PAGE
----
Such a ‘rainbow like plurality’ prevailed in the deliberations at the WSF and was consistent with its long established ethos. However, as the week unfolded it was the Climate Justice current that took the initiative to be self critical and address the weaknesses of progressive civil society. This was laudable and the ‘Basis of Unity’ document it tried to shape in the closing hours of the WSF is a step in the right direction, but is extremely constrained by crucial weakness of the WSF. First, the national and regional forums of the WSF are uneven but generally weak or nonexistent. The follow through required to keep focus and momentum on the ‘Basis of Unity’ document is going to be difficult to sustain. Second, the WSF has not evolved to a point where it can coordinate in a democratic manner a platform of actions at transnational and national levels. It is a great space to philosophise about actions to change the world, globalise critique, share experiences and form links but it lacks a strategic edge.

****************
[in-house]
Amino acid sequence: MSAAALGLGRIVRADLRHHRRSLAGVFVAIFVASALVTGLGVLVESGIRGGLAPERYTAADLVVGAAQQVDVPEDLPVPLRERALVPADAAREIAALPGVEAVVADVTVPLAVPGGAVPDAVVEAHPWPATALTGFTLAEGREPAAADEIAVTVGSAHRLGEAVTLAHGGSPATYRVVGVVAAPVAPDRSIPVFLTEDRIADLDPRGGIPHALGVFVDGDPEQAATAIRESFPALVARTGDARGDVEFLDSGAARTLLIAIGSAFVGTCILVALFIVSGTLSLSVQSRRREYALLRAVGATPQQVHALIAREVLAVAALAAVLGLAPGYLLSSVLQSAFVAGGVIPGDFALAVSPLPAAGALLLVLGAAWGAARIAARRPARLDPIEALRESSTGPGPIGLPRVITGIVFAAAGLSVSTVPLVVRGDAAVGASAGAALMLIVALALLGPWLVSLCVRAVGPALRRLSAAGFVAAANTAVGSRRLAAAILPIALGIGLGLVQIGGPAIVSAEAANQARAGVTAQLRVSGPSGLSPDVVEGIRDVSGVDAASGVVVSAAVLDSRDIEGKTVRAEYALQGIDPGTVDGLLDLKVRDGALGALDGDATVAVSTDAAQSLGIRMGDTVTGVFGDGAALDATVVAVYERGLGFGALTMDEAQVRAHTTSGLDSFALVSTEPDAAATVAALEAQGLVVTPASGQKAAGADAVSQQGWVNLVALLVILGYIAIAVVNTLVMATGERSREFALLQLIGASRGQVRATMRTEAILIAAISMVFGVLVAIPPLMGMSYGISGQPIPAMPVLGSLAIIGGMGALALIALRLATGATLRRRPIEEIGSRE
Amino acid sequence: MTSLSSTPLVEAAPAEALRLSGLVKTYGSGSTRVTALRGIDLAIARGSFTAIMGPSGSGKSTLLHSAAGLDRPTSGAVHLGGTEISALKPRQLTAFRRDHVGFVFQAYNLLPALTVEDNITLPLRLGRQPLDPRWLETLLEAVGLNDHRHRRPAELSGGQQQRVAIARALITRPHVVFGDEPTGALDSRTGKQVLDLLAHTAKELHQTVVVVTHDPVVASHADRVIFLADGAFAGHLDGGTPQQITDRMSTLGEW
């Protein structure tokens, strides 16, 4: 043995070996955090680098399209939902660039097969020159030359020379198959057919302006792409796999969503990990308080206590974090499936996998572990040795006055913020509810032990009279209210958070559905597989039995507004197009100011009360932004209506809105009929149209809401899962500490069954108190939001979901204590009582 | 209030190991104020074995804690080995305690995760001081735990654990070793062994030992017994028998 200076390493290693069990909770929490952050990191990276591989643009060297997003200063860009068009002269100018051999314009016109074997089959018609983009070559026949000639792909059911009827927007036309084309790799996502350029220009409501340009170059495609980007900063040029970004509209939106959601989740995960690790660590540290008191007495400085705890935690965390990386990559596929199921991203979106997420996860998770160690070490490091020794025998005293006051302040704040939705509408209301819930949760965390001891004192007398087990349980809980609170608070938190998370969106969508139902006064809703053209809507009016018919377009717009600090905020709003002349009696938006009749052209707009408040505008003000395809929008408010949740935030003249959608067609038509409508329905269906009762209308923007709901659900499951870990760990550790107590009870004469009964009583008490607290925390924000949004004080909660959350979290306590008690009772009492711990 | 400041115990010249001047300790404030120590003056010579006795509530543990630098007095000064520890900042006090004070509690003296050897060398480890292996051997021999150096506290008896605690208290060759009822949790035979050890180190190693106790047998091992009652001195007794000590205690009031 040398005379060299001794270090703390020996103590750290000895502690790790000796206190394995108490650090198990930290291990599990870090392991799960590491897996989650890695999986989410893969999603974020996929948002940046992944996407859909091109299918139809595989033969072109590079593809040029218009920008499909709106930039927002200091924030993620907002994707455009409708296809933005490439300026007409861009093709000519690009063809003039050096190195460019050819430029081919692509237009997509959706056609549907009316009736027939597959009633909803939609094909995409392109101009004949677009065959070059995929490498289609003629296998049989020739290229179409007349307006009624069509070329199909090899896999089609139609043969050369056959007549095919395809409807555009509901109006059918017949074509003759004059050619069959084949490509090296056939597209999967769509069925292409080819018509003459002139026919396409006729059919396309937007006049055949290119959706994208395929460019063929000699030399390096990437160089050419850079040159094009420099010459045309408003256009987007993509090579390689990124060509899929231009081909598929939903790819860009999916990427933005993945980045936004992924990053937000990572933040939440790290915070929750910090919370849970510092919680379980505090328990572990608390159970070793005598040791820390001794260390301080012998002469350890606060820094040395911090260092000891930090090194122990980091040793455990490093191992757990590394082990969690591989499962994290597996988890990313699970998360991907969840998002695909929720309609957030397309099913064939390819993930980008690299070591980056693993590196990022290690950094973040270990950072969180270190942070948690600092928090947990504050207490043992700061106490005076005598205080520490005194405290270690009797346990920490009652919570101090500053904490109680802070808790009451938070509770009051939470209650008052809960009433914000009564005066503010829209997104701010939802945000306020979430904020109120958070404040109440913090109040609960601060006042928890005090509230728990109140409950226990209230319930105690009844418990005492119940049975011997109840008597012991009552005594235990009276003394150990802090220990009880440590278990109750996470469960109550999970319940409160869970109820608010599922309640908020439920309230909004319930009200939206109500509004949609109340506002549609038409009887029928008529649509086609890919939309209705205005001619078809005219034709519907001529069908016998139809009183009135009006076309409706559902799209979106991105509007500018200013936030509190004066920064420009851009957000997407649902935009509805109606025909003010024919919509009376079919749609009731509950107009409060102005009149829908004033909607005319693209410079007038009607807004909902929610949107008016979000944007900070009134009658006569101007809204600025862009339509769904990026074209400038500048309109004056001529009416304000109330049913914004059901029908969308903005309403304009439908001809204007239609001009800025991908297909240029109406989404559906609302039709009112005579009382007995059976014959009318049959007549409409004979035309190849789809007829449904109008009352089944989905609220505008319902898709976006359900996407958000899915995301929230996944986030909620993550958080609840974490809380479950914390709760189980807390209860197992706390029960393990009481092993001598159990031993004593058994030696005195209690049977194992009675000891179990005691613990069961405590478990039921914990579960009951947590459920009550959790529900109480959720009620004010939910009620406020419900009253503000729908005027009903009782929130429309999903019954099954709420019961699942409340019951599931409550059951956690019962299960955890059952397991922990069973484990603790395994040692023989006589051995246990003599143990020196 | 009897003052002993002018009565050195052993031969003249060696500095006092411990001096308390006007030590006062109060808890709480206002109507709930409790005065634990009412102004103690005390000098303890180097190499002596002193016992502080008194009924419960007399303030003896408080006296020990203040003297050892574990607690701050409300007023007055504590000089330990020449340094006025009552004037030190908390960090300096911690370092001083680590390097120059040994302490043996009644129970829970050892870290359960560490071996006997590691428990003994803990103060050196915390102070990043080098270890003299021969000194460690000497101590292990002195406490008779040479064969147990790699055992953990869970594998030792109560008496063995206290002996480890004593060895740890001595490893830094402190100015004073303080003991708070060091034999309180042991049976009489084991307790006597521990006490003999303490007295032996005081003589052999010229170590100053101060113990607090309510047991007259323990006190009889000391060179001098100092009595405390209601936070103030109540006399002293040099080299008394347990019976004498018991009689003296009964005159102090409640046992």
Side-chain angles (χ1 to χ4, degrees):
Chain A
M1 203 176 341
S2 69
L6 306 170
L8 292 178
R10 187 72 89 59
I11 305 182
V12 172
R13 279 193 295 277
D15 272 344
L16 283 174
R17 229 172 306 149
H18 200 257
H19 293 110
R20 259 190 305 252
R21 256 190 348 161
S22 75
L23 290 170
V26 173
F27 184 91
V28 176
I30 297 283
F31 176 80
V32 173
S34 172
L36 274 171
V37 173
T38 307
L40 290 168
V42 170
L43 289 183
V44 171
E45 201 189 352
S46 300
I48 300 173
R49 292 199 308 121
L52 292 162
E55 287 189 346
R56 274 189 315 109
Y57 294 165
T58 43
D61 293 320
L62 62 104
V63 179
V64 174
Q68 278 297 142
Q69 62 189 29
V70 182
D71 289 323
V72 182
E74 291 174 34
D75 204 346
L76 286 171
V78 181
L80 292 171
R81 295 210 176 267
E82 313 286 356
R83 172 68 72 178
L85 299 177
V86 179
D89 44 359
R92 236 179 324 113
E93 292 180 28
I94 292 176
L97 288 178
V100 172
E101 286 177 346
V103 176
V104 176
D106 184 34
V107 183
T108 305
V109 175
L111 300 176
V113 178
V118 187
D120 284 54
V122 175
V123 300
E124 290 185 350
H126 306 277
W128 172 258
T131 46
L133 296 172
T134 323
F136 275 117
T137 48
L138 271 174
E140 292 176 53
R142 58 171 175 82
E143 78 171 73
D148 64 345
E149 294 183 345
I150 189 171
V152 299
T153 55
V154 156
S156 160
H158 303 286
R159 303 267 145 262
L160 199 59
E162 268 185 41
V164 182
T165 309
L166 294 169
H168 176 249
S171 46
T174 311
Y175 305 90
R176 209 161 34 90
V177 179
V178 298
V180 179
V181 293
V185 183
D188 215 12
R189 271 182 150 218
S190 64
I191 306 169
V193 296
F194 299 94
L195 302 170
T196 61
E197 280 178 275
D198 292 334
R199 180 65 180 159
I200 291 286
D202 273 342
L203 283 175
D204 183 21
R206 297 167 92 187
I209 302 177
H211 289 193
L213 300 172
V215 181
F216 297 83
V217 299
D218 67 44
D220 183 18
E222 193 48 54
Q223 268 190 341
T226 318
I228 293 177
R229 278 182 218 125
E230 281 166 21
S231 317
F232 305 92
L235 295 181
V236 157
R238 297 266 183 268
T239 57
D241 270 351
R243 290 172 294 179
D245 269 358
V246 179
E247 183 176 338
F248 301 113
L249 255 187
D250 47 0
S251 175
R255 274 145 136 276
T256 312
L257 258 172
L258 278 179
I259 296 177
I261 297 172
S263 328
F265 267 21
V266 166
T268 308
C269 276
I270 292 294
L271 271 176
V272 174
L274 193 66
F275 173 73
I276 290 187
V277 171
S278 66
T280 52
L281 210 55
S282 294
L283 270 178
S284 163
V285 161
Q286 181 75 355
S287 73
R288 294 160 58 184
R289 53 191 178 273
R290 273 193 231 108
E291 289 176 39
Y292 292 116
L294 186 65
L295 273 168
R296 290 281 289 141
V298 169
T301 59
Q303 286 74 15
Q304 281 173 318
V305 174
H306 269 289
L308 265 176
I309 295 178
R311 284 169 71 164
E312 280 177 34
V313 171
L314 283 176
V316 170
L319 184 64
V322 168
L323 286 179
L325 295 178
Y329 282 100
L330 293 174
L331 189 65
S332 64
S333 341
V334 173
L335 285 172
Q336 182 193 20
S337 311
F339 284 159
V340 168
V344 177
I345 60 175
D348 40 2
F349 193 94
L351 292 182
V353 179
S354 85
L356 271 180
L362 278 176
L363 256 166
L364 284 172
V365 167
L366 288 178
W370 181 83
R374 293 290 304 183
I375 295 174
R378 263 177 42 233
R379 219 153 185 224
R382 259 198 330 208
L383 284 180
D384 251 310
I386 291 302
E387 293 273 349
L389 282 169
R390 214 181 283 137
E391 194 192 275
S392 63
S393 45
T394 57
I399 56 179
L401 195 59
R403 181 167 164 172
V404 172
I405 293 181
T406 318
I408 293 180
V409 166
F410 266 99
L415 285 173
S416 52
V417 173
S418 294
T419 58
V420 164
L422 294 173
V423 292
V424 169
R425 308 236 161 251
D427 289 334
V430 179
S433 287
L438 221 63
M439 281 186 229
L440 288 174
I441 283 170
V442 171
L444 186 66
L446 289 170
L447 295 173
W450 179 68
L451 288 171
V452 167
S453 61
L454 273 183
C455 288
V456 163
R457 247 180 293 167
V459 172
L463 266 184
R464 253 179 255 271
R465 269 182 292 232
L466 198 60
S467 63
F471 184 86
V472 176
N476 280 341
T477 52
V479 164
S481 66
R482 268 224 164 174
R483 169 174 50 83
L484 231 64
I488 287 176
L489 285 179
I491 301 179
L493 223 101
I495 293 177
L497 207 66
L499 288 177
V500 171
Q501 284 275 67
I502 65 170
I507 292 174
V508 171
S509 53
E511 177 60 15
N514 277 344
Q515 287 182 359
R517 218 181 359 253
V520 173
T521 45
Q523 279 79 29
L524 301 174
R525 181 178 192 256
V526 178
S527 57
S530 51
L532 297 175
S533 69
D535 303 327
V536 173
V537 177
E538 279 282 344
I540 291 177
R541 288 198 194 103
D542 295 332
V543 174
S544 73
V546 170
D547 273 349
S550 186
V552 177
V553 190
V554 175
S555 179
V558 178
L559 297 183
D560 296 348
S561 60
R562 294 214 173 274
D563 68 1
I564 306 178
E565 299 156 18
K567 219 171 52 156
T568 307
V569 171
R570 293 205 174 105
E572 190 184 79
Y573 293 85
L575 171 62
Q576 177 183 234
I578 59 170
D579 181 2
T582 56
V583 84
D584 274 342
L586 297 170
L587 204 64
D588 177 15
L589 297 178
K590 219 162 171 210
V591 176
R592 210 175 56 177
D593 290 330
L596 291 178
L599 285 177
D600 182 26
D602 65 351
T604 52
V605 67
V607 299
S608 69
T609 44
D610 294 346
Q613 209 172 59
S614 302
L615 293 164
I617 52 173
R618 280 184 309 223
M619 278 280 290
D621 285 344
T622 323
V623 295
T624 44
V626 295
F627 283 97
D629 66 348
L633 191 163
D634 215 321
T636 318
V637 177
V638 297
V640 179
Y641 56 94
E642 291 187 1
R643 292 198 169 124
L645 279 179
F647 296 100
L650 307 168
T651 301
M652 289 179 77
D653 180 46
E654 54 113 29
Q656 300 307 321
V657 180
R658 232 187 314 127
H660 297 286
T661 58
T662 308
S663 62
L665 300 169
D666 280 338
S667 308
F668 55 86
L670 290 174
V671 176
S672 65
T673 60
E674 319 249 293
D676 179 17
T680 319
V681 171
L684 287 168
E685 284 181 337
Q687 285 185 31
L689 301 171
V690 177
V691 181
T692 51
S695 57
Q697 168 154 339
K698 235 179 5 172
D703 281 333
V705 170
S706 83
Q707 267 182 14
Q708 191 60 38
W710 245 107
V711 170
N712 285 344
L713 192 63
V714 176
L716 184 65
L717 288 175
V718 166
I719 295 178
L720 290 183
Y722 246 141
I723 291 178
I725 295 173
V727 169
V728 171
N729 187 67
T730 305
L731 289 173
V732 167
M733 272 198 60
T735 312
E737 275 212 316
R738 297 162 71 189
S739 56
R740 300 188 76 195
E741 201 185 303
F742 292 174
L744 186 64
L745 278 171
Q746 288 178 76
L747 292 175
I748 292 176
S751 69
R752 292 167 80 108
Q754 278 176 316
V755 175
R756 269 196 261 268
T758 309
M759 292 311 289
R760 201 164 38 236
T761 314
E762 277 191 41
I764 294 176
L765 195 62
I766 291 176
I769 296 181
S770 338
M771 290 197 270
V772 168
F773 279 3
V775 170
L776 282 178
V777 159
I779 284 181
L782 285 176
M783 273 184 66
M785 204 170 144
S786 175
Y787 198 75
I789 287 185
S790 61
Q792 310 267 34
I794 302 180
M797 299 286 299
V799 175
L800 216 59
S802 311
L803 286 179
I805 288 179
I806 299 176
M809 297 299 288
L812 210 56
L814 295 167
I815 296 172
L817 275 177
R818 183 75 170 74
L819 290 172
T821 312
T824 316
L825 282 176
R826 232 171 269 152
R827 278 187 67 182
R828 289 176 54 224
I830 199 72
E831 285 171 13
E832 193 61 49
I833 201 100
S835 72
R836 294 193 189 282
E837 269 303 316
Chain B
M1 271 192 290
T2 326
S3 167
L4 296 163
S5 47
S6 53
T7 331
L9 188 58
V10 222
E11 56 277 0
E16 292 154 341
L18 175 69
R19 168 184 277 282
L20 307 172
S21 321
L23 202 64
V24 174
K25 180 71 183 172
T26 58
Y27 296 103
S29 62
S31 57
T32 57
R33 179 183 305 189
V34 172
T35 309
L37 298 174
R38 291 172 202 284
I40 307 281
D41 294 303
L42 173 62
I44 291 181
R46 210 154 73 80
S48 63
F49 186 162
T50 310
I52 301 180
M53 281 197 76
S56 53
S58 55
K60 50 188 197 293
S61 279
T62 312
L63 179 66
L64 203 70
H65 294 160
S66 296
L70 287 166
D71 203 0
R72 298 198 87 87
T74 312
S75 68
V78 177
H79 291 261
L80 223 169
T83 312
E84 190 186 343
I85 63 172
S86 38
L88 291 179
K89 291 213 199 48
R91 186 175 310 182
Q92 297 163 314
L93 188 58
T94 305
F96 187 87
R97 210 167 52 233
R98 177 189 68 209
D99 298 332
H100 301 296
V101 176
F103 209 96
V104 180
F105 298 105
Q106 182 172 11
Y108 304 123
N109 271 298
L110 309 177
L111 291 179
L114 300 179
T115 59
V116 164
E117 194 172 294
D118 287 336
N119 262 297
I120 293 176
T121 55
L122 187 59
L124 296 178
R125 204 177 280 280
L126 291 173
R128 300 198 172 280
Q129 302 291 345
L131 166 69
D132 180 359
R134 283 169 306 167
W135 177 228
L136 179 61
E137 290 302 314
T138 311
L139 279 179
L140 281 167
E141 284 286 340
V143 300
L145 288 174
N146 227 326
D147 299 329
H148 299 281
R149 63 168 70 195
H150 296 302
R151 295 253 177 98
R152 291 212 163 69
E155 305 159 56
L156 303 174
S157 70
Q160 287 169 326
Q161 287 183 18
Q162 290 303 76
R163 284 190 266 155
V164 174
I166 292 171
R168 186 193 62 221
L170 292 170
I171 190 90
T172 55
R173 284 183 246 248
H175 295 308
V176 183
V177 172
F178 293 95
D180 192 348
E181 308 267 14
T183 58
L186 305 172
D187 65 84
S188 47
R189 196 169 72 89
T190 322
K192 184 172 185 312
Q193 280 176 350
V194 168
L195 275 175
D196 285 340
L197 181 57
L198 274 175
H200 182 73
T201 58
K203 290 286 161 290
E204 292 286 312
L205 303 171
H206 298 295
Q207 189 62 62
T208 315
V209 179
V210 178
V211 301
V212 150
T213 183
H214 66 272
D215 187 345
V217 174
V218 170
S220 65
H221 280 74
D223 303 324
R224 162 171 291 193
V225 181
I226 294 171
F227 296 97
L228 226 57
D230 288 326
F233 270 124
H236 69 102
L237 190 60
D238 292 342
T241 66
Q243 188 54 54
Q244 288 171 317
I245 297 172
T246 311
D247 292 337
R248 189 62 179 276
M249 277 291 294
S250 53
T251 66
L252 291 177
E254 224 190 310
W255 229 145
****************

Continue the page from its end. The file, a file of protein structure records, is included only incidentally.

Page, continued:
This does not mean the WSF has to become a new ‘program centred 5th international’. But given the systemic and conjunctural crisis of capitalism, it needs to find its place also at key battlefronts so that progressive humanity speaks with one voice about alternatives. The climate change negotiations is one such front where hope is taking a battering. Pluralism as strength can only be meaningful if the World Social Forum confronts this weakness and evolves in a direction that gives it a new strategic edge.